The Streak

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A little over 6 weeks ago, I was in a pretty unhappy place. Facing a job search again for the second time in 8 months and physically miserable. Thanks to a host of physical issues, I had not attempted a run in over 9 months. Somewhere in that timeline, I stumbled on this simple challenge from Runner’s World called the #RWRUNSTREAK. The goal was simple – run at least a mile a day, every day, between Memorial Day and Independence Day. For some reason this sounded like something I could try. So I went for a run to think about it.

As much as I hate to admit it, 10 months off pushed my running back to the days when I had never run before. I tried to do what I used to be able to do and it failed. Big time. I was humbled by this streak before it even started. One thing that I can be is incredibly stubborn. That’s a blessing at times and a complete curse at others. In this case, it’s been a blessing. I committed to this thing and I wanted to see it through…even if it killed me.

The streak would include running while we were on vacation in Outer Banks. That turned out to be a great time of restoration and healing for me. While the running, pace and distance were nothing to make me feel better, the soul searching I did on those runs could not have come at a better time. I continued the streak at home the last few weeks and the concrete therapy has been just what the doctor ordered. I did business with God, with myself and with others that don’t even know I was thinking of them.

While I wish I could write a story about PR times and distance records, I can’t. The physical limitations are not something I can “train away.” They are frustrating and humbling. When I match the times of my past with the times of my current, it’s defeating. But once again, this season of my life has been about breaking many things down. This season has been about breaking my pride. It’s been about breaking my dependence on myself. I can’t change this. No matter how much I train or how hard I try. I did set a goal of getting to 6 miles again before this streak ended. Thankfully I was able to achieve that distance a few times. By the end of the streak, I was able to get 4 miles consistently each day.

The final tally was 39 days and 153 miles.

What became far more important during the streak was the daily discipline and lessons learned each mile. Thank you Runners World for the challenge. It couldn’t have come at a better time.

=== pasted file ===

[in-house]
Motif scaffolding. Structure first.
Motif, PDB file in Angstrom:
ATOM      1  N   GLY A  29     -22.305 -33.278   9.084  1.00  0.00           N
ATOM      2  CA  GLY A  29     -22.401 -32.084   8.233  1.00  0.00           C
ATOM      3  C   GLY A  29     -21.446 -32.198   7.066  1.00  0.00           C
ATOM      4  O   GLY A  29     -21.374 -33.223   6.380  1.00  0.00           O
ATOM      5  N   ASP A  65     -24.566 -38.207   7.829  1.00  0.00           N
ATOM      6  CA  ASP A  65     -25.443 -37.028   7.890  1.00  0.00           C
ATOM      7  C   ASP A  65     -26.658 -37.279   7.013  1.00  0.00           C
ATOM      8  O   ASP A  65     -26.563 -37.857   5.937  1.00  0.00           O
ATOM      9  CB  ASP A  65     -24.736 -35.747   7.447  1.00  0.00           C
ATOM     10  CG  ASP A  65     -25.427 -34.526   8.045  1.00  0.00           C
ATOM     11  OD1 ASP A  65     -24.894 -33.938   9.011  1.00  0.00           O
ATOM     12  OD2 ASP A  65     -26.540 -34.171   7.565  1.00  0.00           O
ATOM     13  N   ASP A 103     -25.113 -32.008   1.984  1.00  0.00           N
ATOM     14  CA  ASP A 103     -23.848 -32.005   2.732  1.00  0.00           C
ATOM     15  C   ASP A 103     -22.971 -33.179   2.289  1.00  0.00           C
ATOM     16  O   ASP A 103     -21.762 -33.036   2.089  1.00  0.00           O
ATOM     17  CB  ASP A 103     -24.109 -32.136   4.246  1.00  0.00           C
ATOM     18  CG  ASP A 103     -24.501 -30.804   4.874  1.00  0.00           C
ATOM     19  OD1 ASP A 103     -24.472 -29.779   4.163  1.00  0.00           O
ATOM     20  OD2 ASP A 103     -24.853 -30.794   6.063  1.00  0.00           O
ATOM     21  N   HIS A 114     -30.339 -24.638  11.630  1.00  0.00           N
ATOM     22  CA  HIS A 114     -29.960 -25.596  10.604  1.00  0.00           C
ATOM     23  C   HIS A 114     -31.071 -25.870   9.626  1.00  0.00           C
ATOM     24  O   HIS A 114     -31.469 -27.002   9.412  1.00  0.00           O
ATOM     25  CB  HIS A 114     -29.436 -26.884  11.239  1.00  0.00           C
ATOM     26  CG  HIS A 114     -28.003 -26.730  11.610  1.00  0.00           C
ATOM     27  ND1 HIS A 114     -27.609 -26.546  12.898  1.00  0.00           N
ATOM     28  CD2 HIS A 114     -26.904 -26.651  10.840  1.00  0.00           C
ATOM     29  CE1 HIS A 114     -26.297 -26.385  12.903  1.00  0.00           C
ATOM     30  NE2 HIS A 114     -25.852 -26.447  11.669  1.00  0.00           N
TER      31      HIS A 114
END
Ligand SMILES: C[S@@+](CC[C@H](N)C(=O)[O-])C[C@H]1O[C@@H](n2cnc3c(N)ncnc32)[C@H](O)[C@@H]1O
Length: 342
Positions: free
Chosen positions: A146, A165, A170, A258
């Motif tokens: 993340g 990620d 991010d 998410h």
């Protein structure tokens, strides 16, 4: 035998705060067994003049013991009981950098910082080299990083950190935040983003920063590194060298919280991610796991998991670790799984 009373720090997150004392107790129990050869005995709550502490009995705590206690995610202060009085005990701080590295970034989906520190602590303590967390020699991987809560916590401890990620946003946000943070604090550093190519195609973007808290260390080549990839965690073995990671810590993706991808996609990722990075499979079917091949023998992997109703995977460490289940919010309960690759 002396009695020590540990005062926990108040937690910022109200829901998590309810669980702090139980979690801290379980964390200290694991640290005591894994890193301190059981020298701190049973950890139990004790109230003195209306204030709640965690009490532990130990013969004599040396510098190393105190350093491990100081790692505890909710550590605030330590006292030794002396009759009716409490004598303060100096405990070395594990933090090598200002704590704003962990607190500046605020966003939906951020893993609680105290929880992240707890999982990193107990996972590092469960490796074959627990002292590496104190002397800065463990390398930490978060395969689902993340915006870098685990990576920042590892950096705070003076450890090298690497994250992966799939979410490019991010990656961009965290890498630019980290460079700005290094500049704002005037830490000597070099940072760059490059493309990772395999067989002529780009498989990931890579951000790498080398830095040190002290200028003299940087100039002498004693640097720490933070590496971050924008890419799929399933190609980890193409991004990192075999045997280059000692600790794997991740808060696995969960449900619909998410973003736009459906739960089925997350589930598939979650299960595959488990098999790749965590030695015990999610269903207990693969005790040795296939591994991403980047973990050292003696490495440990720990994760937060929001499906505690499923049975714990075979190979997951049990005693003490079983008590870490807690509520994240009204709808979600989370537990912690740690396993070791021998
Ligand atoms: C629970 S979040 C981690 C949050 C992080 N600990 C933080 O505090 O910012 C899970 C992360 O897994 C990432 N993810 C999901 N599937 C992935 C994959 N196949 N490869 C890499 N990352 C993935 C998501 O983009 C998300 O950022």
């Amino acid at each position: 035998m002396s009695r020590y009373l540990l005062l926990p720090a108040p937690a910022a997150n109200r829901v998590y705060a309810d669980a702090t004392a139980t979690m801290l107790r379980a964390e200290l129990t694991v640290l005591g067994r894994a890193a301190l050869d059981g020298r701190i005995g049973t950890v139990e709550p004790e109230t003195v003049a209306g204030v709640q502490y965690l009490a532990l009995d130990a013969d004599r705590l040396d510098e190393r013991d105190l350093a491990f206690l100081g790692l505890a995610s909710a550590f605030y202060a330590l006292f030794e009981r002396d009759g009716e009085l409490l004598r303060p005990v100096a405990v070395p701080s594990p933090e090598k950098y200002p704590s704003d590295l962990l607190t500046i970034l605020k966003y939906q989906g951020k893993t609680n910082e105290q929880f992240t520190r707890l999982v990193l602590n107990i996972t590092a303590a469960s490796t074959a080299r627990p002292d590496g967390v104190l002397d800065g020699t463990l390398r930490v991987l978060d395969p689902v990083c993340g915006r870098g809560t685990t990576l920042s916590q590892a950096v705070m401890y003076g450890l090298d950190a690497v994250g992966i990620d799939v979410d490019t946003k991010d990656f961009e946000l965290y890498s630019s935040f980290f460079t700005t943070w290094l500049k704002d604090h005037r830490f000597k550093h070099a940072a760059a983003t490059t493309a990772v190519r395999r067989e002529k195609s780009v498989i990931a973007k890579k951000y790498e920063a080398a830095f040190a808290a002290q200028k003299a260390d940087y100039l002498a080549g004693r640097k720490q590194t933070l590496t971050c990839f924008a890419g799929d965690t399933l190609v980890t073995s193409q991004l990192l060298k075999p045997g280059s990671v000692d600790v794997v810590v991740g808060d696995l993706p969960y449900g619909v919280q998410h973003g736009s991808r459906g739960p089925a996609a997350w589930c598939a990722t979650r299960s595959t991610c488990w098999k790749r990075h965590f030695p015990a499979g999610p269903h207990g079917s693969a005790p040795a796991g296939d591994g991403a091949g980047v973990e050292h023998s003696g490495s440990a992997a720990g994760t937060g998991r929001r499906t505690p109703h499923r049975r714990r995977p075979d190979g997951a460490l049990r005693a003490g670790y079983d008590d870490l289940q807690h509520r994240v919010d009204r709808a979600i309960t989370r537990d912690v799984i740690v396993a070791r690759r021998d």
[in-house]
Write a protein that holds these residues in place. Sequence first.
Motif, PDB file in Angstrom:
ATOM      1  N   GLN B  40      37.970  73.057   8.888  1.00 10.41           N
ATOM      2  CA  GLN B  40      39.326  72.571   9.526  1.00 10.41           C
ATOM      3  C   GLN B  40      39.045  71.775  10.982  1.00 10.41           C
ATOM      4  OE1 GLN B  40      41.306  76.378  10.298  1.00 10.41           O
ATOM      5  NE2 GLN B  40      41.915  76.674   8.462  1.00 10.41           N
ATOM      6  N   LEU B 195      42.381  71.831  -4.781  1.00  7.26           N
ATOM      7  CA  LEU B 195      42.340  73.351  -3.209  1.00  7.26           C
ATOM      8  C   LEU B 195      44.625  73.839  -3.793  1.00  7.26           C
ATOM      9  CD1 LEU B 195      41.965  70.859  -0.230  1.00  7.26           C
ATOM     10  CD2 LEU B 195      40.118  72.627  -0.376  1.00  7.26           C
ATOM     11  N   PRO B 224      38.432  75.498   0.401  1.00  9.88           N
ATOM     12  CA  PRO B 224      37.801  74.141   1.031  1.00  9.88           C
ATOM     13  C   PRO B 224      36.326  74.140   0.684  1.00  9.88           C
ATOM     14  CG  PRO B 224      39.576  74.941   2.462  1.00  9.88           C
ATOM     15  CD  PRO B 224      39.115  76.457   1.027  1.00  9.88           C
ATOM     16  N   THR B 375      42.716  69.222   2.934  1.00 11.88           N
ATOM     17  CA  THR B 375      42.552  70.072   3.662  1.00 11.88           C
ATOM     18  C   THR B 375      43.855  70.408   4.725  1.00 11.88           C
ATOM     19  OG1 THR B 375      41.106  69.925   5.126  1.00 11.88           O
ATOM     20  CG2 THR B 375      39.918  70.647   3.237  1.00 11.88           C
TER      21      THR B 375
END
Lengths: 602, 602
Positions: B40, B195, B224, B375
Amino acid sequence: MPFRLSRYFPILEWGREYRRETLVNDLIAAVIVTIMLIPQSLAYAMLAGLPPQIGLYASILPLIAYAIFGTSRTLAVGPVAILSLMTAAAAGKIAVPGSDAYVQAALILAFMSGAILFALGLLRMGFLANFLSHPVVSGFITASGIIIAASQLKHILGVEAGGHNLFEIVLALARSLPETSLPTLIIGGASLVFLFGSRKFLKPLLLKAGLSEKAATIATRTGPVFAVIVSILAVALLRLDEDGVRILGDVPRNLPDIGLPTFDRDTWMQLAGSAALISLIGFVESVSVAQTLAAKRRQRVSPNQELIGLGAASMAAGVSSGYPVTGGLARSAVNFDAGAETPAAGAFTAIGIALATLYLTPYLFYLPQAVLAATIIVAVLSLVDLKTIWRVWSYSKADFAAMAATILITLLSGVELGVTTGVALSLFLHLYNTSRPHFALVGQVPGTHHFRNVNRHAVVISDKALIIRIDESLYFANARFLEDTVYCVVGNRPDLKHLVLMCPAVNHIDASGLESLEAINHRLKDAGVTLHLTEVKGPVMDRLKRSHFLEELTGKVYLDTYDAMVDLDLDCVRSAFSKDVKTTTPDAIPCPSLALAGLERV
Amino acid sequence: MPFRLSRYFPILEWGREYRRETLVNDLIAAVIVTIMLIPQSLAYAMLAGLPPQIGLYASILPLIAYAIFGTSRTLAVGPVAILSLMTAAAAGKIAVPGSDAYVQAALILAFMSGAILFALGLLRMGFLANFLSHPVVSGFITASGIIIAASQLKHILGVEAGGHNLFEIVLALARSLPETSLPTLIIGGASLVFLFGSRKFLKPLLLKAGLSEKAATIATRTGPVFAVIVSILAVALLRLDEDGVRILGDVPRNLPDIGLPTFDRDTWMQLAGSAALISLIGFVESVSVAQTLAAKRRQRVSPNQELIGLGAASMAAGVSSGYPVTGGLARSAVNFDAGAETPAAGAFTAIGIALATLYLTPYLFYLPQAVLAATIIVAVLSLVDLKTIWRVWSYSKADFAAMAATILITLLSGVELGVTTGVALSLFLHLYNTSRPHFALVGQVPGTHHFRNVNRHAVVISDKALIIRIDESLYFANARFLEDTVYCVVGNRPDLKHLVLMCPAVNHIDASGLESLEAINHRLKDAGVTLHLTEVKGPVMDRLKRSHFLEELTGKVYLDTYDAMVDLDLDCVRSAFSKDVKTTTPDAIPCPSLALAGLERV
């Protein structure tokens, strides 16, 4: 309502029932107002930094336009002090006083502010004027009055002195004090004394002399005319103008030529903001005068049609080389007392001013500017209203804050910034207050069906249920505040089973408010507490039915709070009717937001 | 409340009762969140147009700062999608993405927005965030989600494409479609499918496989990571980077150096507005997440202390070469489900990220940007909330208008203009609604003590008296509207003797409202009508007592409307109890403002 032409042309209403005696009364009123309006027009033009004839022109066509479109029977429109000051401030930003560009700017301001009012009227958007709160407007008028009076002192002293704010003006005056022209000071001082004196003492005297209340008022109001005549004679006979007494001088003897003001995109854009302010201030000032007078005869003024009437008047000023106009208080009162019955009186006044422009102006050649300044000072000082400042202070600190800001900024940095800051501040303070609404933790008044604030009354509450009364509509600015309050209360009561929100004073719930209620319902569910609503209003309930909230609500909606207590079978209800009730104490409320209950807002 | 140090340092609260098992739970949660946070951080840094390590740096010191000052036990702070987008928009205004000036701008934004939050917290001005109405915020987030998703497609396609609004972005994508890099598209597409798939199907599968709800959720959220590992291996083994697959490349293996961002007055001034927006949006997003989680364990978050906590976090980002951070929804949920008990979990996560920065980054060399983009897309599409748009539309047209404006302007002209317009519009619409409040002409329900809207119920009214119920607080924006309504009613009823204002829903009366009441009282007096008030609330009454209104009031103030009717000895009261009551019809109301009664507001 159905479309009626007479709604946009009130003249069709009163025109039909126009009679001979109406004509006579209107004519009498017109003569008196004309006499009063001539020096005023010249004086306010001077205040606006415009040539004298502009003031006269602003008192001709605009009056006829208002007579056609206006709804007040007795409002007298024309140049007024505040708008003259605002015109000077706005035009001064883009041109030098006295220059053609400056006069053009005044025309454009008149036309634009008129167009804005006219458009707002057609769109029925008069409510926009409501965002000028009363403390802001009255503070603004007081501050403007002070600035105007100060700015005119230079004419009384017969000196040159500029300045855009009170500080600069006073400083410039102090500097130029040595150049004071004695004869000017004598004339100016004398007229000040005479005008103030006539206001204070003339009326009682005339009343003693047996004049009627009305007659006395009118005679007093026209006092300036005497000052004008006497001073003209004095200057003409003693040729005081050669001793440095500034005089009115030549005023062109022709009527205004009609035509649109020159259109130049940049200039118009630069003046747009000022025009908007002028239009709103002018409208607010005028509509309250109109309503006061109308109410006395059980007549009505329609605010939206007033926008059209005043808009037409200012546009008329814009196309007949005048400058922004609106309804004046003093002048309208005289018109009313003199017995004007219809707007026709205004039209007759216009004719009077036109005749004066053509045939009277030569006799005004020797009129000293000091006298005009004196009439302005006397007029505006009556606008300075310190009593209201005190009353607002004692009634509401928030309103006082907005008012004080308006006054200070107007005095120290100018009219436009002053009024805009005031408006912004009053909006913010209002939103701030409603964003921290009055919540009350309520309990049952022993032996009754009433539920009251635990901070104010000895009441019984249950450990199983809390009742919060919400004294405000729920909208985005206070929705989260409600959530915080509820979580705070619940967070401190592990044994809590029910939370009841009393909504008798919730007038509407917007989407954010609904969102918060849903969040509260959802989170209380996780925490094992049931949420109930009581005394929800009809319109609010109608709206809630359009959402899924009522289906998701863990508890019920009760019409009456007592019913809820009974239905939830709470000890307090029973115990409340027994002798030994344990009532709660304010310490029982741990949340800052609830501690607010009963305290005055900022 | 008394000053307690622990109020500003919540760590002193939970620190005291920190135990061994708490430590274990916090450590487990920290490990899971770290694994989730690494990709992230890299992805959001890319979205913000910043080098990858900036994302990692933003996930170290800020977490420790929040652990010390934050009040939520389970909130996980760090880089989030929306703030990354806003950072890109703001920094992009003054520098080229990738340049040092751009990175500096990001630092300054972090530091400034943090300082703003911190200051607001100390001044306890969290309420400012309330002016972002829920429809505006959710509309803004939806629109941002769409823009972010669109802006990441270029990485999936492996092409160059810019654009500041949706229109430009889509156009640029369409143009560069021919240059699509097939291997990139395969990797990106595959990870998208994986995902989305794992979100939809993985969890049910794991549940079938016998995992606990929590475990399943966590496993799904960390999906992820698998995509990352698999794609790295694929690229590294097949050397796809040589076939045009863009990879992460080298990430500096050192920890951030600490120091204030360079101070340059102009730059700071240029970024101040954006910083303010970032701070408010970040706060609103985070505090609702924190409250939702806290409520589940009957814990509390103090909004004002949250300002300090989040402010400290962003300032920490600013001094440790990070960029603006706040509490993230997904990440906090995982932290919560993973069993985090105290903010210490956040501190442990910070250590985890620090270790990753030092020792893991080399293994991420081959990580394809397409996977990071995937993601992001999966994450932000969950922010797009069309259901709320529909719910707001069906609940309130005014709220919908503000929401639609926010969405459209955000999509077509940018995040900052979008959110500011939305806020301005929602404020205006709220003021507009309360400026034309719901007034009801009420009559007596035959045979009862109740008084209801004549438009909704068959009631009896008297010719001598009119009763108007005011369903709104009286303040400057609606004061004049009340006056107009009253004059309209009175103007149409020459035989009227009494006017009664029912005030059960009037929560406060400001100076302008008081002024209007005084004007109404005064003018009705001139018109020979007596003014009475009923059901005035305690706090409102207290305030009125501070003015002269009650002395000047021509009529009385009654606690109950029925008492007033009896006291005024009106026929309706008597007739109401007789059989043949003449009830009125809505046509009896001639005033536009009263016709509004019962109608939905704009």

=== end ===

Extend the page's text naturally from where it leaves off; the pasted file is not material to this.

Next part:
8 thoughts on “The Streak

  1. Thanks Dave. Thanks for encouraging every day through the DailyMile. It really did help to have people cheering no matter the time, distance or outcome. Really appreciate you bro.

  2. Amazing post my friend. Funny how we can solve the world’s problem(or at least get a grasp on our own) one mile at a time. Glad you are back on the road! Keep streaking!

    1. Thanks Rob. It was one of the most humbling seasons I’ve walked through. I wanted pace and distance of a few years ago but quickly learned it’s not about what I want. It was a daily reminder of being okay with what that day held. I’m gonna take today off, but it was good to get a discipline back. Lord knows I can use discipline. One of these days we’ll get a 5K together or something.

  3. Love it!. I’m halfway through with a similar challenge—30 minutes of exercise every day for an entire year.

    1. Dude, that’s a Ripken like streak right there! A year? Every day? Incredible. My legs were toast after about 20 days. Can’t imagine a year.

  4. Enjoyed this post. Made me remember seeing you out on a walk some time ago and you didn’t look like the Aaron I know. I so wanted to stop and chat with you but didn’t. You seemed down. I should have stopped. I should have stopped.

    1. Thanks Kerri. The truth is, if I didn’t look happy, I probably wasn’t and it’s best in those moments to let it pass. You made the right choice. I can really go to war with myself when running/walking. It’s not pretty. Thanks for thinking of me. Hope next time I’m a little more pleasant. 🙂 hope you’re doing well.

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